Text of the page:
Monday, May 21, 2007


SAN BERNARDINO, Calif. – As a clinical psychologist and mental health worker with San Bernardino and Riverside counties, Dr. Benjamin Barnes saw first hand some of the psychological problems affecting Blacks and Latinos in the Inland Empire. “I saw a lot of cases of schizophrenia, depression and chemical dependency, or people with dual diagnosis (more than one illness),” he said.

Barnes has worked as both a college professor and a mental health provider. He became interested in the healthcare field after going through extensive physical rehabilitation from a car accident. Currently a professor at Argosy University/Inland Empire, Barnes said while working as a county mental health worker he became aware of the lack of African American and Latino psychologists.

“There were very few African American therapists,” he said. “Even now less than 15 to 10 percent of the therapists in San Bernardino County are African American. And we don’t have many bilingual therapists.”

An African American, Barnes is one of the ethnically diverse faculty members at Argosy University/Inland Empire who are dedicated to increasing the number of local Black and Latino mental health workers. Wendy Vasquez-Osborn, interim campus director, said the university’s Spring Quarter enrollment statistics show that more than half of the student population is Black and Latino.

Vasquez-Osborn said that Argosy University’s blended programs, which offer online, evening and weekend courses, are attractive to Black and Latino students in the Inland Empire who are often working full-time jobs. “Many students entered the workforce right after high school or had to raise families, and now they need a degree to move to the next level,” she said. “Our programs fit the needs of working adults.”

Barnes said many of Argosy University/Inland Empire’s faculty members have extensive backgrounds working with the Black and Latino communities and have spent many years working on the front lines of the mental health field.

Dr. David Sellen, a professor in the College of Psychology and Behavioral Sciences, is involved in several local community groups including the American Red Cross, the United Way, Interfaith Council of Churches, Habitat for Humanity and the Foothills Family Shelter, a local homeless shelter. Sellen also works with law enforcement agencies in Critical Incident Debriefing, assisting victims recover from violent acts.

Barnes said the psychology profession is still predominately white and female, and this may cause problems for people of color who are looking for a mental health provider. “It puts up a cultural barrier, some minorities may believe that the therapists are not sensitive to their cultural needs,” he said.

He added that there is also a lack of awareness about mental health issues in the Black/Latino communities. Barnes said most Black and Latino college students go into the computer and business fields and shy away from psychology, because of the fear they may not get a job after graduating.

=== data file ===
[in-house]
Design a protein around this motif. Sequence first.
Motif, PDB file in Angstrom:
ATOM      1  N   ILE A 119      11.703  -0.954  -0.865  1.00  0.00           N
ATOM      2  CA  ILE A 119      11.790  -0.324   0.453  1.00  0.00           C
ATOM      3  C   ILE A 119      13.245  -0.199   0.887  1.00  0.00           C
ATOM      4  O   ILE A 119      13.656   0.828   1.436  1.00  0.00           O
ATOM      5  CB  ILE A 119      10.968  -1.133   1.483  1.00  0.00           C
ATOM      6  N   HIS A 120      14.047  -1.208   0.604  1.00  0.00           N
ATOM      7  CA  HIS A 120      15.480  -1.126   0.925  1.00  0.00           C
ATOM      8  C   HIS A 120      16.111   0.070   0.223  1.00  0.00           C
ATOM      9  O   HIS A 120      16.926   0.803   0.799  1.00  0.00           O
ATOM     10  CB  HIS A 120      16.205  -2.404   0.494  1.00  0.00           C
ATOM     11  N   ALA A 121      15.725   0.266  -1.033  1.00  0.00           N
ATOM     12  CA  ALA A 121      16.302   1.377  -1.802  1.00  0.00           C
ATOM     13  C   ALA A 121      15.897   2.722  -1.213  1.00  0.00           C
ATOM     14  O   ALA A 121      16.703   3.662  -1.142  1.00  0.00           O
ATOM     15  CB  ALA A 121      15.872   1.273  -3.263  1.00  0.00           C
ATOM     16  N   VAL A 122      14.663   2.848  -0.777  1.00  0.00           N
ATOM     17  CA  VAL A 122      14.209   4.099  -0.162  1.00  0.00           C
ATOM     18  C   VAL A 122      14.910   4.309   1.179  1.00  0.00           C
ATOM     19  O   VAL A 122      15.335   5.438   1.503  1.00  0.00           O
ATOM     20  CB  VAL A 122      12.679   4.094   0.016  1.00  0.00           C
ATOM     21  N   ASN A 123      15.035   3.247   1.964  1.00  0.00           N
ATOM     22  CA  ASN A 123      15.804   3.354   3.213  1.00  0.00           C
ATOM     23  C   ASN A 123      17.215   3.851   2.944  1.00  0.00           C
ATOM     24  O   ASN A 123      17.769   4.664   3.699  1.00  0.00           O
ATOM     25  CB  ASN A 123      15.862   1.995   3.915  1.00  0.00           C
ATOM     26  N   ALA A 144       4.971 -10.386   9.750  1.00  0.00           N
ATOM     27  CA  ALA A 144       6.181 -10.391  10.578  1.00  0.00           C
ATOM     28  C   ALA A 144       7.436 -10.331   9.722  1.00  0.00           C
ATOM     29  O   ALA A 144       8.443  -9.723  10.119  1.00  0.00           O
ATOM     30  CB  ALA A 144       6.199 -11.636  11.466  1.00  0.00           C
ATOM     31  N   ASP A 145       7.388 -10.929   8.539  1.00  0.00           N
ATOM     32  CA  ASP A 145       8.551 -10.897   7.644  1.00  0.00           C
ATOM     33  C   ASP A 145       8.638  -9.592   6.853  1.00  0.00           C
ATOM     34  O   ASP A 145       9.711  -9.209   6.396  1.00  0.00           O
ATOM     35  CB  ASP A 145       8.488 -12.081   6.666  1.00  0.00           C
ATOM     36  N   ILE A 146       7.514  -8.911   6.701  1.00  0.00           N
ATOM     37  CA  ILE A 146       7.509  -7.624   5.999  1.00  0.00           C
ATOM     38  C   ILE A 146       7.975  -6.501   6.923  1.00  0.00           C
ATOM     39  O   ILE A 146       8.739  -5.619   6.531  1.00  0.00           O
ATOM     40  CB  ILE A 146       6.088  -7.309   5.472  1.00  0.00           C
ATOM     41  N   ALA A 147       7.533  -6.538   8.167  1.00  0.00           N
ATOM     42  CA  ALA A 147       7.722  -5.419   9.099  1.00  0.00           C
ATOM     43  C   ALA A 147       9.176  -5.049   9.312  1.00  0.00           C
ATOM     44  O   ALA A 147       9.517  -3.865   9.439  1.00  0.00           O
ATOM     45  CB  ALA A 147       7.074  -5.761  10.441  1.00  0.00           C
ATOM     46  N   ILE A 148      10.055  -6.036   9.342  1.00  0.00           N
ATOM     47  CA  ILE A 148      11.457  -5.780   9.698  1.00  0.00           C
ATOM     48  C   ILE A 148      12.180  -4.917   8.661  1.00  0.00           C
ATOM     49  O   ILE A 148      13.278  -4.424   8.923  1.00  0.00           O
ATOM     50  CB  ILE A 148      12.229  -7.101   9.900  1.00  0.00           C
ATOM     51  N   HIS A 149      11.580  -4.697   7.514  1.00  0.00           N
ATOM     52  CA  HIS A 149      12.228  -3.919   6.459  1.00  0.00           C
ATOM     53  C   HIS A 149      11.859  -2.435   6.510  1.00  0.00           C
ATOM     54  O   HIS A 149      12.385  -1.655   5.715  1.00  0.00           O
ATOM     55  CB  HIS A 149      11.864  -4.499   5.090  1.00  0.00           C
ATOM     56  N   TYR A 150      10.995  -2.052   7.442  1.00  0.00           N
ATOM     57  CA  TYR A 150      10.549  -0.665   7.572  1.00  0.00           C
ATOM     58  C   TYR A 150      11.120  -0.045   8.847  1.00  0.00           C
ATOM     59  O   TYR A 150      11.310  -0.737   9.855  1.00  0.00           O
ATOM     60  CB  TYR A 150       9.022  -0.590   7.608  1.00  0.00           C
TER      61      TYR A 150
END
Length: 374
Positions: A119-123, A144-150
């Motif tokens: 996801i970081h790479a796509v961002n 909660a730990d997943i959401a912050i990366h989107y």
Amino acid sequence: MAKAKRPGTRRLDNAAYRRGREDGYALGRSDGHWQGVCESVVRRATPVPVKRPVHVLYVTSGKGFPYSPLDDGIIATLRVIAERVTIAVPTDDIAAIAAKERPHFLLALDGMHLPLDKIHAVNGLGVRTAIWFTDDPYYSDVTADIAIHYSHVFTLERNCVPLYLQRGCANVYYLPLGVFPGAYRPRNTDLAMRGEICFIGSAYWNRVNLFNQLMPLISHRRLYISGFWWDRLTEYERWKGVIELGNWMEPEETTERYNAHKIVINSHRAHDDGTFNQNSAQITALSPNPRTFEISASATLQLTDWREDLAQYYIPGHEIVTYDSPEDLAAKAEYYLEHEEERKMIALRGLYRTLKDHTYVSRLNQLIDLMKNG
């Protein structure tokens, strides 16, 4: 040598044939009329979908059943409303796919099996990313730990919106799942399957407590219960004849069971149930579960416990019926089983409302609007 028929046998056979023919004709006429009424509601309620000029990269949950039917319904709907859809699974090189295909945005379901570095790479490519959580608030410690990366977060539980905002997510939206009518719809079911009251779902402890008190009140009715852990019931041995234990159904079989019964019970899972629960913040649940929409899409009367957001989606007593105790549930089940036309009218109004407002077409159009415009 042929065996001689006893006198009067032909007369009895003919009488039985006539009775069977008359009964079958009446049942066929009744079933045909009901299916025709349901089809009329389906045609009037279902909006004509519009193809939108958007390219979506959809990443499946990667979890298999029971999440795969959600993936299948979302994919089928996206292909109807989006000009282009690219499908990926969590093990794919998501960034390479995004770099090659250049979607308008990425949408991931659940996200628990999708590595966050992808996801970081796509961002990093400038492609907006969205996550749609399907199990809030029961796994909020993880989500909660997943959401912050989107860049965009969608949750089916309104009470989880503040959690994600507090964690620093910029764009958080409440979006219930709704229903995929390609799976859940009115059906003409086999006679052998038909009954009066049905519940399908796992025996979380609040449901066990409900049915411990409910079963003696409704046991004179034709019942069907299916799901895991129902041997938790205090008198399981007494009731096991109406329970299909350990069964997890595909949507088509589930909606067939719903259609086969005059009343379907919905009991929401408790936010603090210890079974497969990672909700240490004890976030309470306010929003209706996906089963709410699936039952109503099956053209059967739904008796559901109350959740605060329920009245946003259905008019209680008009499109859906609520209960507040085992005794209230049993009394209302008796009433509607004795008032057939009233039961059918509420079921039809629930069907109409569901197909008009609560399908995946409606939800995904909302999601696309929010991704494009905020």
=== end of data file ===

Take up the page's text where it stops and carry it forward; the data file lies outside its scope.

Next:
“They stay away from psychology because there is still a stigma about it in the Black/Latino community,” he said “That is the reason why Blacks and Latinos people often don’t use mental health services.” He also said that the Black and Latino community maybe unaware of the signs of mental health problems because they are accustomed to dealing with other stressful issues such as racism and unemployment. “Our definition of mental health stressors are different from the mainstream,” he said.

Barnes is currently in a master’s degree in psychopharmacology at Alliant University, and has master’s and doctoral degrees in Clinical Psychology from Fielding Graduate University. He teaches courses in Clinical Psychology at the bachelor’s, master’s and doctoral levels at Argosy University. Barnes also teaches at San Bernardino Valley College.

He said he is pleased to see the ethnic diversity in his classes at Argosy. “Argosy University has many programs making it visible in local high schools and colleges,” Barnes said. “The solution to boosting the number of Black and Latino psychologists is by reaching out to those communities through face to face marketing in non-traditional places such as community recreation centers, shopping malls, churches, sports clubs and public events.”

“Argosy University is going out and meeting people in their communities and neighborhood,” Barnes said. “We go out of our way to show we are wiling to help in anyway.” Barnes also stated that Argosy University is targeting potential psychologists earlier through associate and bachelor degree programs, which are attractive to high school students, and by talking to individuals in the health, business and education professions who want to move to the next level of their career.

For more information about Argosy University/Inland Empire, call (909) 915-3800 or go to

Argosy University/Inland Empire is one of 18 Argosy University ( locations in 12 states. Argosy University offers doctoral and master's degree programs in psychology, business, counseling, and education. Argosy University also offers bachelor’s degree completion programs in psychology and business, and associate's degree programs in various health sciences fields. Argosy University is accredited by the Higher Learning Commission and is a member of the North Central Association (NCA) (30 N. LaSalle Street, Suite 2400, Chicago, IL 60602, 1-800-621-7440), (

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